# Android Unlock Patterns

• Find the total number of patterns of the Android lock screen. The number of key used has to be at least 4, and max 9.

Example:

use 5 keys:
OAB
OOC
OED

OAB
OCD
OOE

Same thing goes with 4, 6, 7, 8, 9 keys. Count the total possible pattern. The order of keys used matters.

Rules:

1. At-least 4 and at-max 9 dots must be connected.
2. There can be no jumps
3. Once a dot is crossed, you can jump over it.

• I solved this problem some months ago. Here is my code of the problem. You need to follow google rules for the unlocking pattern . Hope this will help you.

``````public class AndroidLockPattern {

private boolean used[] = new boolean[9];

private boolean isValid(int index, int last) {
if (used[index])
return false;
if(last == -1)
return true;
// knight moves
if((index + last)%2 == 1)
return true;
// indexes are from both side of the diagonals for example 0,0, and 8,8
int mid = (index +last)/2;
if ( mid == 4)
return used[4];
// adajcent cells on diagonal  - for example 0,0 and 0,1
if ((index%3 != last%3) && (index/3 != last/3)) {
return true;
}
// all other adjacent cells (two cells in one row or two cells in one column)
return used[mid];

}

public void numberOfPatterns() {
int res =0;
for (int len = 4; len <= 9; len++) {
res += calcPatterns(-1,len);
for (int i = 0; i < 9; i++) {
used[i] = false;
}
}
System.out.println(res);
}

private int calcPatterns(int last,int len) {
if (len == 0) {
for(int i = 0; i < 9; i++) {
if(used[i])
System.out.print(i);
}
System.out.println();
return 1;
}
else {
int sum = 0;
for (int i = 0; i < 9; i++) {
if (isValid(i, last))
{
used[i] = true;
sum += calcPatterns(i, len - 1);
used[i] = false;
}
}
return sum;
}
}
}
``````

• By the way is your program able to count how many total unlock pattern combinations possible? I am curious to know how secure android is

• try it, I this it was about 300 000 or more

• @elmirap Good to know! That's a lot, good luck cracking it
I have also uploaded the android unlocking rules. Could you please confirm this seems correct to you?

• right, these three were the rules

• | 1 | 2 | 3 |
| 4 | 5 | 6 |
| 7 | 8 | 9 |

Is 6-9-2 a valid move? How about 5-9-2? And 2-3-6-9-1?

• @nixed said in Android Unlock Patterns:

Is 6-9-2 a valid move? How about 5-9-2? And 2-3-6-9-1?

Both 6-9-2 and 5-9-2 are valid, because the path 9-2 does not have a point in between. 2-3-6-9-1 is invalid, because the path 9-1 has a point 5 in between and it was not connected before. 2-3-6-5-9-1 is valid though, because when the path crosses from 9-1, 5 was already crossed before.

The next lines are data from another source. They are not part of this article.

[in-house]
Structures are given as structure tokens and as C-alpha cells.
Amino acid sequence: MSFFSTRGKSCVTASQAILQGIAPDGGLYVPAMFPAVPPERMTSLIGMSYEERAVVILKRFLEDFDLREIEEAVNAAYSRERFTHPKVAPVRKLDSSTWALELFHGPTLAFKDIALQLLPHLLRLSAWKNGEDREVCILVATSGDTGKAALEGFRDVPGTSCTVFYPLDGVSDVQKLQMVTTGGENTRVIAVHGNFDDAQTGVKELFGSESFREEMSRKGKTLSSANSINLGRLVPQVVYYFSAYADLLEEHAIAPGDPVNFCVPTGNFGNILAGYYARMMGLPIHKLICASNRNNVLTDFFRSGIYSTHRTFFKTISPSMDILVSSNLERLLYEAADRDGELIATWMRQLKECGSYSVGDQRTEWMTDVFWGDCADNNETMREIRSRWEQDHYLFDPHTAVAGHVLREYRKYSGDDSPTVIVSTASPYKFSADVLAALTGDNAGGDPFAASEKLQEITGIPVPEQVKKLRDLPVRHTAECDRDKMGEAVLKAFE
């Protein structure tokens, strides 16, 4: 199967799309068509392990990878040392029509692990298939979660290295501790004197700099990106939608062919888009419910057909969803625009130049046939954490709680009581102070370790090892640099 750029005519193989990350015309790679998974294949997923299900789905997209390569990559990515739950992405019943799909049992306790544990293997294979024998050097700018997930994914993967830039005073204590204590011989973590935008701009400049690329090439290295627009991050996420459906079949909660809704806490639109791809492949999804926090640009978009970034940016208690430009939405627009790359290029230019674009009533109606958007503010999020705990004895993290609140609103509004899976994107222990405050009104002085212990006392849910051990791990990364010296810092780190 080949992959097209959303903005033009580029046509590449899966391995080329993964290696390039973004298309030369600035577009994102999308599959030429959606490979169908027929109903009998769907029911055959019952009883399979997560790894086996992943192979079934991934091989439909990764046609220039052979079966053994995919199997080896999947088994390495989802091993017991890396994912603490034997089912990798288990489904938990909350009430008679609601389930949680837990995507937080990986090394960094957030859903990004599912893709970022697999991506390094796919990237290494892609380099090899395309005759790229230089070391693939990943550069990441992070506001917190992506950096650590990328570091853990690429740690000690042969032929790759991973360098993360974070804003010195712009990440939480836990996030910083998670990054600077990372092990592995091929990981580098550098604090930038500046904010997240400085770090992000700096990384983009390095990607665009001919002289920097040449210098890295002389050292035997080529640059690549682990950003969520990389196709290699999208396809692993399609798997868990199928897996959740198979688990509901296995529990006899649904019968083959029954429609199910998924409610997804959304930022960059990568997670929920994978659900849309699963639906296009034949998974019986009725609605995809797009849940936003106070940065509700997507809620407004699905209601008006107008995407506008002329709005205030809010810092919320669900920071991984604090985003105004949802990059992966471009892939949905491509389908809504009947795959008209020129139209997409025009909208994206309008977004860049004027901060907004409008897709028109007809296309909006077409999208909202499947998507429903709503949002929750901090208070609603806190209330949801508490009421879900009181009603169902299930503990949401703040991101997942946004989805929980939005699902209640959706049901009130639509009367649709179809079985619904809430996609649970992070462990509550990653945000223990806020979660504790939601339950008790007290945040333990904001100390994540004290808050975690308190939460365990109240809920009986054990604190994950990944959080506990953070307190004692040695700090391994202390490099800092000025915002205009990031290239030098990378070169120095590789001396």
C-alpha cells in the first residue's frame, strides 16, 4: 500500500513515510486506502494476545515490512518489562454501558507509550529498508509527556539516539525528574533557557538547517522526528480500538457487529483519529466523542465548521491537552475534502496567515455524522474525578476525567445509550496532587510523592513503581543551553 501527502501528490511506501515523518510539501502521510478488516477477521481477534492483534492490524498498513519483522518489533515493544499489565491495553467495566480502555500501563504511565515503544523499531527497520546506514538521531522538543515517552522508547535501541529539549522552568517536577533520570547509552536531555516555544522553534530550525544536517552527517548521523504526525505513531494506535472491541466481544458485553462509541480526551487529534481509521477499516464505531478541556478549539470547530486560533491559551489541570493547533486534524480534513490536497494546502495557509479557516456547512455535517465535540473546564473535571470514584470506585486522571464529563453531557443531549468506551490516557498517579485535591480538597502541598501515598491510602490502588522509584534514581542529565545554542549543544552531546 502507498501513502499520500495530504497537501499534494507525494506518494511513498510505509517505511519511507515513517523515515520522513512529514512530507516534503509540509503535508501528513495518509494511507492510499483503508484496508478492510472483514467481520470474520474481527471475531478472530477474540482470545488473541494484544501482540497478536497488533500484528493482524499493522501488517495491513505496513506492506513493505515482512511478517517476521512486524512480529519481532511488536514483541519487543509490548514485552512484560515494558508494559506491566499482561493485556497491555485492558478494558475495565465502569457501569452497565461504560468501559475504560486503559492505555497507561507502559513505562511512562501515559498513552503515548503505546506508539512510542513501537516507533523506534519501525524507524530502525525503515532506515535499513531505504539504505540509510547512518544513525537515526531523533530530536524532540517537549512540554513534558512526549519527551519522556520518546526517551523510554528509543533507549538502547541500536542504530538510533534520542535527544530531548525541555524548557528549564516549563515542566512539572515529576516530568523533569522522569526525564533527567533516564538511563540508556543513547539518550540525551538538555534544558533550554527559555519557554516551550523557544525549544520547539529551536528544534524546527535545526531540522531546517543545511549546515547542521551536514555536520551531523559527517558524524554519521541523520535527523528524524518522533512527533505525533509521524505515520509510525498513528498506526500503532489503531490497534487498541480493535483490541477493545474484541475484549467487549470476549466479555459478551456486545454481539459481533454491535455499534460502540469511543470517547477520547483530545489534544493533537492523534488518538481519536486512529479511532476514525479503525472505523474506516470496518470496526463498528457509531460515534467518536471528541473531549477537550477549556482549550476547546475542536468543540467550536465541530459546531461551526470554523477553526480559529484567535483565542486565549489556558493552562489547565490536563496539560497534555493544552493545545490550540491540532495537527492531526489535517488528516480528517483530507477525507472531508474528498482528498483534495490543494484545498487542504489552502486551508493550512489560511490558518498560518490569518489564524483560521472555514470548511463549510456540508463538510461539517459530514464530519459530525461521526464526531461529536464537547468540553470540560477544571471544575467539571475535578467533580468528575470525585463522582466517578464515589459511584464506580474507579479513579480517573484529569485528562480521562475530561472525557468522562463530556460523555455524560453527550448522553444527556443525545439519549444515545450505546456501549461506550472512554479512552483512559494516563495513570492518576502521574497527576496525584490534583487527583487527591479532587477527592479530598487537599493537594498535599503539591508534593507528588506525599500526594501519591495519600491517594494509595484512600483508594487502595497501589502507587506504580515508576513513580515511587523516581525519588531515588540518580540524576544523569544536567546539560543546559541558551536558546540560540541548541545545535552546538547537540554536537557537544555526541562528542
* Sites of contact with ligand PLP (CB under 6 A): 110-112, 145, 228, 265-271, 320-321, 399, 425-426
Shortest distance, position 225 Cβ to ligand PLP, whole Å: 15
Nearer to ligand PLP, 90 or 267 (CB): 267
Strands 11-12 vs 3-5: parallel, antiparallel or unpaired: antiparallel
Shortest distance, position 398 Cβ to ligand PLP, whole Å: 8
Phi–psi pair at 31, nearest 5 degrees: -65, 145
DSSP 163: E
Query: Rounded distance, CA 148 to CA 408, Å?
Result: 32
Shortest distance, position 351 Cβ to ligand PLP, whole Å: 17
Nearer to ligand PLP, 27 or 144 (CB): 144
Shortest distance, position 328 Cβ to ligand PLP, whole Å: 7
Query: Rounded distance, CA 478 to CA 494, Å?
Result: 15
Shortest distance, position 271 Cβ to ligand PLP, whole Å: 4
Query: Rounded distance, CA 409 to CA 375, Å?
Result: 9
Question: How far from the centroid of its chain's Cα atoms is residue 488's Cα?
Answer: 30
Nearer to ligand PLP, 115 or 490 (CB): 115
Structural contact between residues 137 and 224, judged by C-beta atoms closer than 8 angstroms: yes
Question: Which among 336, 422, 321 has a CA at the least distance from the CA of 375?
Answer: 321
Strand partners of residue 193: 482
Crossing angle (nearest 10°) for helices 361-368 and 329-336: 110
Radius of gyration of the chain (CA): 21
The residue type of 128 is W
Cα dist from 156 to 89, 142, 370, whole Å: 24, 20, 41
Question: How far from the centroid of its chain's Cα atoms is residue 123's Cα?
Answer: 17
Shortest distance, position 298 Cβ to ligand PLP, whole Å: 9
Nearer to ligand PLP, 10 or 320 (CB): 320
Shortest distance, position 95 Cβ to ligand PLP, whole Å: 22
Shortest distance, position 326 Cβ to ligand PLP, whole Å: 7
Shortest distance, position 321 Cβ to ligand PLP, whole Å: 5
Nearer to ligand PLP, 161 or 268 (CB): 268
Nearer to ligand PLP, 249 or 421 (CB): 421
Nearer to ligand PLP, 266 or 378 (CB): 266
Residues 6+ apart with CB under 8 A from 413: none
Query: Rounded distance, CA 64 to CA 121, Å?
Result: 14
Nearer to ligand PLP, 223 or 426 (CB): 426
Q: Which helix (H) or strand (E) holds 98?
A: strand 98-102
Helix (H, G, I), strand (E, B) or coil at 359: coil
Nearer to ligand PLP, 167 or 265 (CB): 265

• I've got an answer of 389112

• @qiyang.lu I think that's the correct answer! Can you share with us how did you arrive at this answer?

• My code in C#:

``````private int getPossiblePatterns(string currentPatternString)
{
if (possiblePatterns.ContainsKey(currentPatternString))
{
return possiblePatterns[currentPatternString];
}

if(currentPatternString.Length >= 4)
{
possiblePatterns[currentPatternString]++;
}

var nextPatternStrings = this.getNextPatternStrings(currentPatternString);

foreach(var nextPatternString in nextPatternStrings)
{
possiblePatterns[currentPatternString] += this.getPossiblePatterns(nextPatternString);
}

return possiblePatterns[currentPatternString];
}

private List<string> getNextPatternStrings(string currentPattern)
{
var result = new List<string>();
var lastChar = currentPattern.Last();
var newPatternPrefix = new string(currentPattern.OrderBy(c => c).ToArray());
for(char i = '1'; i <= '9'; i++)
{
if (currentPattern.Contains(i))
continue;
if (middleChar.ContainsKey(i.ToString() + lastChar)
&& !currentPattern.Contains(middleChar[i.ToString() + lastChar]))
continue;
}
return result;
}

private void Init()
{
}``````

• @1337c0d3r , I understood the question in general. Could you explain what do you mean by this example.

use 5 keys:
OAB
OOC
OED

OAB
OCD
OOE

Thanks.

• @therealfakebatman

Compared

OAB
OOC
OED

to:

| 1 | 2 | 3 |
| 4 | 5 | 6 |
| 7 | 8 | 9 |

Which means the sliding pattern is 2-3-6-9-8.

OAB
OCD
OOE

the sliding pattern is 2-3-5-6-9.

• @elmirap
I didn't get the logic used in your isValid() method. Could you please explain it?

• @RajatVaryani is Valid checks the conditions in which we don't have valid combinations according the rules above
There can be no jumps
Once a dot is crossed, you can jump over it.
I put comments in the code to show which combinations are acceptable.

• Possible second problem: "Android Unlock PIN", where you can enter strings of digits, e.g., "938817". Let's assume someone tries a smudge attack, i.e., look at smudge on your screen to see which digits you used (but can't see how often each was used). Suggestion for the problem: Write a function `numberOfPins(int totalDigits, int differentDigits)` that returns how many different PINs there are of length `totalDigits` and using `differentDigits` different digits.

Examples:
numberOfPins(9, 9) = 362880
numberOfPins(9, 7) = 2328480

(These btw show that if you're going to use length 9, you might better not use all nine different digits but only use seven different ones.)

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